If Dramatica is too overwhelming, you might take a look at Truby's Blockbuster.

Unlike Dramatica, which applies to all sorts of writing, Truby caters to screenwriters and excels at offering suggestions specific to the beats found in various genres. Poke through the website and read a few of John Truby's film analyses. If you agree with him, you'll probably like his software. Truby has (2) major drawbacks -- it has a very clunky (FoxPro) interface, and it is horrendously expensive. And that expense doesn't even include the add-ons for each genre. ;) Nonetheless, the information is very helpful. His lectures are very popular (and are snapped up immediately on ebay whenever they appear).

In the interest of fairplay, I should give a plug to my friend, Jeff Schechter, a WORKING screenwriter who runs the TotallyWrite website. Jeff, familiar with both Dramatica and Truby, found them both lacking; either too expensive, too clunky, too complex, too whatever. He lectures on story structure and has recently started offering it on his website, along with a program that helps you develop your story. I have no firsthand experience with his program (yet), but I can assure you he is well-respected for giving extremely lucid, knowledgeable, and practical advice.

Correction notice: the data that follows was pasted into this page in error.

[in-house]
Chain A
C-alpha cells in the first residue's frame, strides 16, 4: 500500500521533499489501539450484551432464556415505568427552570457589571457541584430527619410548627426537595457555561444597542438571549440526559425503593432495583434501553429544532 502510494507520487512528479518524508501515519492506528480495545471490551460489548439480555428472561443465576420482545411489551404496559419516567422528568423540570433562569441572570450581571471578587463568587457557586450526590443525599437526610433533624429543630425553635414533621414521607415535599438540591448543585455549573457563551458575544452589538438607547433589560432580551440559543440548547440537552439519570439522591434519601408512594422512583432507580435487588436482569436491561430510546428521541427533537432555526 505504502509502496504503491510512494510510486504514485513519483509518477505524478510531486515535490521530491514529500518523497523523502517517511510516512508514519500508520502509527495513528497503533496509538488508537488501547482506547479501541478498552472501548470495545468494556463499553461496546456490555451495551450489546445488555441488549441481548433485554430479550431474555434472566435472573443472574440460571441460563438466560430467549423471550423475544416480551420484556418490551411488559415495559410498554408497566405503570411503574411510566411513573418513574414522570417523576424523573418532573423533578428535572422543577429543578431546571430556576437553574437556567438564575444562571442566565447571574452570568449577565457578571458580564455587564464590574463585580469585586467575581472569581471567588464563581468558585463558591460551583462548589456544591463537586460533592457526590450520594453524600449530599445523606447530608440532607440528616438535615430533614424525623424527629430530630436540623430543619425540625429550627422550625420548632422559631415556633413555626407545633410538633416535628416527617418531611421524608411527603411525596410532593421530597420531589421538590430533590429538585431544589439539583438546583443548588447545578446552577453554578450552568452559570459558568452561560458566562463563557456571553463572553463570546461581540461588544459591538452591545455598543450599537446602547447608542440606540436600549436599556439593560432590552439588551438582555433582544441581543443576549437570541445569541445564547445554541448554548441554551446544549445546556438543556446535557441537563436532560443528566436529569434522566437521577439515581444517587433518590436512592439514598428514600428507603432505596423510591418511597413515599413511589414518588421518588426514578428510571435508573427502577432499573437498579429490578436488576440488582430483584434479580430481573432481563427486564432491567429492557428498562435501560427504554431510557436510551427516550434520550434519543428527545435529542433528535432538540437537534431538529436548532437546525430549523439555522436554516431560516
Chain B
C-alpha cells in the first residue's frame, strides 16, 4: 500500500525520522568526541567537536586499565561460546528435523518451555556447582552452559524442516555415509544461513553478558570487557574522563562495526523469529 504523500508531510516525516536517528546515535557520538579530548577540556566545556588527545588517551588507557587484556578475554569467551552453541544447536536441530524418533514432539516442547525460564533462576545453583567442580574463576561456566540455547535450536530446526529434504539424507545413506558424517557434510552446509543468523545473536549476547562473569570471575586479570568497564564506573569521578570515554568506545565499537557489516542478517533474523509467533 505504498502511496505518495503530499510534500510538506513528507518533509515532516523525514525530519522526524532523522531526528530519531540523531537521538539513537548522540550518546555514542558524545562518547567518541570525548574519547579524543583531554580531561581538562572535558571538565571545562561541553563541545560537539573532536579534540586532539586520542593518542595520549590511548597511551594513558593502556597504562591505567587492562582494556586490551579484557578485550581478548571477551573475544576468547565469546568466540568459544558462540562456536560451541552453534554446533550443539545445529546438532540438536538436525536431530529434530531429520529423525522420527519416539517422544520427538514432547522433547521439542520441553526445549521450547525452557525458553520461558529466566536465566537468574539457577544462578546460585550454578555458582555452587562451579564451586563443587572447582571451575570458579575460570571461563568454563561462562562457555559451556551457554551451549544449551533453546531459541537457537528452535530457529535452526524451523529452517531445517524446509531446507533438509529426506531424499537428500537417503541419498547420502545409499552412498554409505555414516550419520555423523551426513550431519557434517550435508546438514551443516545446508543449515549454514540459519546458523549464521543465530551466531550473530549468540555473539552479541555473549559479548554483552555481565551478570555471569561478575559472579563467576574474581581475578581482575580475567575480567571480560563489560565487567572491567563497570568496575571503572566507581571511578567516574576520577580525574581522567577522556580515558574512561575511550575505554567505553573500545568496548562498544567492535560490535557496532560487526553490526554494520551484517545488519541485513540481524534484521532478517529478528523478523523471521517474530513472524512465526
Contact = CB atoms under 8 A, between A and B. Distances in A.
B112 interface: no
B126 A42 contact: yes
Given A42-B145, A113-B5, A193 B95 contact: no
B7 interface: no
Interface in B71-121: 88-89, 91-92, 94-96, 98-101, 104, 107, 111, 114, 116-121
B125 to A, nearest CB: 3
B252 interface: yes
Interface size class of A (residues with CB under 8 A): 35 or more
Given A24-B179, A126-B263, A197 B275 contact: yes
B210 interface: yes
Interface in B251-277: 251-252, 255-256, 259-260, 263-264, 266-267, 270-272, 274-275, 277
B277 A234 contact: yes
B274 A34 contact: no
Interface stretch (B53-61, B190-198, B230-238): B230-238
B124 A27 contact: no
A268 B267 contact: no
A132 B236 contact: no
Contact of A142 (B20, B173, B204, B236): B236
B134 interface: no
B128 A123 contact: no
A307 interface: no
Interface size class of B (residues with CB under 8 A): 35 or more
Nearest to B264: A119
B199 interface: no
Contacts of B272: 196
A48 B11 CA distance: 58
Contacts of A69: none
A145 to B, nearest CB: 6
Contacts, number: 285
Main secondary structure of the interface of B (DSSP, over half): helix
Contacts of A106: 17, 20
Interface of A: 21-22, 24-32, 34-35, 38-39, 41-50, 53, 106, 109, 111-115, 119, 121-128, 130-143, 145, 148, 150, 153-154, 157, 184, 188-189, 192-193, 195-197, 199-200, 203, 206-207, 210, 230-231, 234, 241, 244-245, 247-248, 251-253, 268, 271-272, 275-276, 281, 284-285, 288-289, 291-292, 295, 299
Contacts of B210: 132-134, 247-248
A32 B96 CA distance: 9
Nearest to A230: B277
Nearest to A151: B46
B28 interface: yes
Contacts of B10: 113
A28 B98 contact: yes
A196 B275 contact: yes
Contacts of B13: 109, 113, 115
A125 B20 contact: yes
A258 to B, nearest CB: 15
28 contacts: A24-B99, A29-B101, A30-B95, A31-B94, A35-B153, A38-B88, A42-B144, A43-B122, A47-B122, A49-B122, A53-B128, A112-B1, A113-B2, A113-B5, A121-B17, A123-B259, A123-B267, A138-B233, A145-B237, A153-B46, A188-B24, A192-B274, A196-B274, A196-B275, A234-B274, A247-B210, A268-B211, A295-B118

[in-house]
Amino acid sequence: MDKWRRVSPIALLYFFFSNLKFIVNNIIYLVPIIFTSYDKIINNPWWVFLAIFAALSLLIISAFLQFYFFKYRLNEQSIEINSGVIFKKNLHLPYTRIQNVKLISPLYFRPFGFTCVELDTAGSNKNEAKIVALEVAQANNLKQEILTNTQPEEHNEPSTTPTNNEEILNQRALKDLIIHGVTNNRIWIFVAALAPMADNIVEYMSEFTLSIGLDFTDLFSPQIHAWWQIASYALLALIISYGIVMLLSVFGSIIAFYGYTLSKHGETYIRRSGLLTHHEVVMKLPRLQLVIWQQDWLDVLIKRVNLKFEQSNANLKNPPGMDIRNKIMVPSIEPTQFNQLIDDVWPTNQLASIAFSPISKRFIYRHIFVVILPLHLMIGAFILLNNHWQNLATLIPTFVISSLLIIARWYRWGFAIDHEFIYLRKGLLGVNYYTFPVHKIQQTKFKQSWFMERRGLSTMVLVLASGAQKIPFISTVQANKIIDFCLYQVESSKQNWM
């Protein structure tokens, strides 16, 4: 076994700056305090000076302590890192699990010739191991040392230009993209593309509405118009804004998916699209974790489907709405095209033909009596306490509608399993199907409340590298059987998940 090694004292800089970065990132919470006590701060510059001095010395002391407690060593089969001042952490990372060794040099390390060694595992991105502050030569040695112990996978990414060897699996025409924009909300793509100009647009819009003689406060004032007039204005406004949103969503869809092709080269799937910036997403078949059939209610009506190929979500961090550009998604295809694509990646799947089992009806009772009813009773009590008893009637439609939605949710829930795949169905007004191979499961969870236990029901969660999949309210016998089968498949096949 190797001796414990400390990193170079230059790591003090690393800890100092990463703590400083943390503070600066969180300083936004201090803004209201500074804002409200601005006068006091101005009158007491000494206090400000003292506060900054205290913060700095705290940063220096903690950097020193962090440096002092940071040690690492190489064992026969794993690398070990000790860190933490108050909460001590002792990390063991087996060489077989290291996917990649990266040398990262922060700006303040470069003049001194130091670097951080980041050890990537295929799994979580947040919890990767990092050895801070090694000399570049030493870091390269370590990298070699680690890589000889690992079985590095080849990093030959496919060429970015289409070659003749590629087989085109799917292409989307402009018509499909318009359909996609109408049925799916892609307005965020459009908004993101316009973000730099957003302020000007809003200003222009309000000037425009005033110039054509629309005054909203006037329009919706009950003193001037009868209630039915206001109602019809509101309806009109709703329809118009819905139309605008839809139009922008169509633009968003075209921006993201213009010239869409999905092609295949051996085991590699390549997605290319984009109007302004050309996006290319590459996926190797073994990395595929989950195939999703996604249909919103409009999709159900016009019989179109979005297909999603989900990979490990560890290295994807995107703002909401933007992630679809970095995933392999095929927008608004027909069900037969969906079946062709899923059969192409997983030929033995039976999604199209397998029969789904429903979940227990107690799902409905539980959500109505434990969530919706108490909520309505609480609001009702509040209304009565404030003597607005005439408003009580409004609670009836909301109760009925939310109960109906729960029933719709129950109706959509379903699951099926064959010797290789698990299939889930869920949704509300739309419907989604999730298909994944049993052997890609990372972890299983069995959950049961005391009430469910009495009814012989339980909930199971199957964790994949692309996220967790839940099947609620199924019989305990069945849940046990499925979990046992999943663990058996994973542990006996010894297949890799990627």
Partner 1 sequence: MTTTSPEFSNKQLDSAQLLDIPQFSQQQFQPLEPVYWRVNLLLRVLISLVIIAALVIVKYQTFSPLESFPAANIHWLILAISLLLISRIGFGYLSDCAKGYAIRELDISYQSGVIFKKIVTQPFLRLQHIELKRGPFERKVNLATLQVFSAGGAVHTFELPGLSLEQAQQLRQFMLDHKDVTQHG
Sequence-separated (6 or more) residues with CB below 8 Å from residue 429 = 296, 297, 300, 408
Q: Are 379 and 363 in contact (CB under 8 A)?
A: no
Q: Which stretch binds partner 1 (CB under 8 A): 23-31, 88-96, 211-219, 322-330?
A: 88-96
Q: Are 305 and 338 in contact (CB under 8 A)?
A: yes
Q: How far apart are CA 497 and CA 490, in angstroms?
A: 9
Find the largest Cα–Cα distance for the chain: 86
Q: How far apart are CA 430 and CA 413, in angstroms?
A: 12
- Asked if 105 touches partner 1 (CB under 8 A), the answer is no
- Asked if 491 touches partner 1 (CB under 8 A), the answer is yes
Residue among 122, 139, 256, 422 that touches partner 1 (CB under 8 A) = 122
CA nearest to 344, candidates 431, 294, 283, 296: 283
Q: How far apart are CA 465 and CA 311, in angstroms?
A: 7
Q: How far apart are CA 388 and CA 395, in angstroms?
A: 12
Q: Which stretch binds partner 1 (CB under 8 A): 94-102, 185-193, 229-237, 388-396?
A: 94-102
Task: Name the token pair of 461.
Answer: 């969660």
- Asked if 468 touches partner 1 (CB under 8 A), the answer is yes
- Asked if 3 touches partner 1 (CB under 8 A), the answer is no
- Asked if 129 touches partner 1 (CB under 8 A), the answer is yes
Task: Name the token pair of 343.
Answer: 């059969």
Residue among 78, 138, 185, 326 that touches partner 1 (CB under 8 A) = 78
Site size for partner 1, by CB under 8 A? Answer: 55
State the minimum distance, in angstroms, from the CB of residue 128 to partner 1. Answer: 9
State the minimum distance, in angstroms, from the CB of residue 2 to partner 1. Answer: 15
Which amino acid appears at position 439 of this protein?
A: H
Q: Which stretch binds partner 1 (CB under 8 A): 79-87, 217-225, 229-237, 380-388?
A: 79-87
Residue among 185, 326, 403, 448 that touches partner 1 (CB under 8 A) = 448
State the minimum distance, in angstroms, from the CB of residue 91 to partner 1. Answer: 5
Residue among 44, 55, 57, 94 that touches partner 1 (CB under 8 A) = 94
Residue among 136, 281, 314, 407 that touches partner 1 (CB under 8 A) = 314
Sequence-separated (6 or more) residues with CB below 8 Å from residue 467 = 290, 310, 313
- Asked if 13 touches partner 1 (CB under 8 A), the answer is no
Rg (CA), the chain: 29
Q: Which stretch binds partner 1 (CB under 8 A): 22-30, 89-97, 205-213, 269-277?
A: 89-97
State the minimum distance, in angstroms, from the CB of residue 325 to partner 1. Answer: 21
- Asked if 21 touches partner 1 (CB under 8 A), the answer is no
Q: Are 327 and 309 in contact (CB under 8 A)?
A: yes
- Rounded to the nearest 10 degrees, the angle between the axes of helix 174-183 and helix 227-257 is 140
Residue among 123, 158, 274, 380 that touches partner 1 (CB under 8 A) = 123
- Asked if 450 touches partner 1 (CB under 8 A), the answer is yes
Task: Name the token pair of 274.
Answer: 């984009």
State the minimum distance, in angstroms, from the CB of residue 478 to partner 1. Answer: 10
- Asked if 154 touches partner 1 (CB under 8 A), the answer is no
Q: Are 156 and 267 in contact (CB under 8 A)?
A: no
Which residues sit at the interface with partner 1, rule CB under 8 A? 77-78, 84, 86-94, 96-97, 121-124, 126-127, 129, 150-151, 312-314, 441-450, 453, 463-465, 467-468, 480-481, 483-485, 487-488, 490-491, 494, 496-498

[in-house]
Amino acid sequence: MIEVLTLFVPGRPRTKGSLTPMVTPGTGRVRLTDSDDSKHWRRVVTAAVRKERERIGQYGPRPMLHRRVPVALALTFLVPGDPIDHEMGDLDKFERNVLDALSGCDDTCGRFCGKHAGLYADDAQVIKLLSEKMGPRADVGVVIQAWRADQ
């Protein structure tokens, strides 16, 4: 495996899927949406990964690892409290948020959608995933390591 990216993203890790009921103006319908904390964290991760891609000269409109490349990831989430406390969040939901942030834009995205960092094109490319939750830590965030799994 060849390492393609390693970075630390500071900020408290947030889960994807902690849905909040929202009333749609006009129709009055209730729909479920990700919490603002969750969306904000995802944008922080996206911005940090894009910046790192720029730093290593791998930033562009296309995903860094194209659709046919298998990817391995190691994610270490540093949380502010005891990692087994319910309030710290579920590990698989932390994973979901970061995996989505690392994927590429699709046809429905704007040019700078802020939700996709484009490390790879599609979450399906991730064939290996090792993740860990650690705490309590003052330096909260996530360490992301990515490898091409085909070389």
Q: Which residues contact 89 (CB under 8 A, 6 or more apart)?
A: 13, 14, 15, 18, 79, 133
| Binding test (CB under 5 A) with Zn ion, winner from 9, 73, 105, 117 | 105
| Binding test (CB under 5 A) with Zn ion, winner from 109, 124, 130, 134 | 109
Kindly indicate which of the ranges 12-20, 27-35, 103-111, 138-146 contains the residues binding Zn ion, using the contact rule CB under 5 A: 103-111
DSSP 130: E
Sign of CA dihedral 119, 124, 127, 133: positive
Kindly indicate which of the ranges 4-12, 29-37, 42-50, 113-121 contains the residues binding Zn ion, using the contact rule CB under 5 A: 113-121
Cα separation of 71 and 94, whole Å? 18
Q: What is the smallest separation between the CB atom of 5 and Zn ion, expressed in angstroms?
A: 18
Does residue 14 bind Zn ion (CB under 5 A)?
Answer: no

And if your prefered genre is action/adventure, you might want to check out Bill Martell's website. Another working writer, he publishes what is probably THE most comprehensive book on the subject.
posted by RavinDave at 5:01 PM on April 29, 2004 [1 favorite]

I think you should just forget all this and try to write it. See how far you get. Then you'll know what you need help with. Indiscriminately (or even discriminately) reading books on how to write can be very wearying, and they can make you doubt yourself before you even get started.
posted by bingo at 5:32 PM on April 29, 2004

If you're really good with characters, you could write one, place them somewhere, then drop them and go to another character, placing them elsewhere--and try to have them, or their situations, intersect or cross paths or come together. It'd be an interesting exercise in tying story threads together, if not successful as a complete story.
posted by amberglow at 5:46 AM on April 30, 2004

Response by poster: thanks everyone for your responses!

amberglow- that's kind of where i'm at right now. All my stories so far seem to be 'gimmick' stories. Like telling two stories simultaneously, or doing a 'real time' thing (ticking bomb, drug that kills you at midnight). there's nothing really wrong with gimmicks, i guess, it's just comics after all (ha ha, only serious)

kindall- thank you Orson Scott! both especially great suggestions. Work backwards (and forwards) from the situations you have. incidentally, the second one (add another unrelated element into the mix) is a technique often used in the visual arts. I do it a lot myself in painting.

you guys rock.
posted by Miles Long at 9:52 AM on April 30, 2004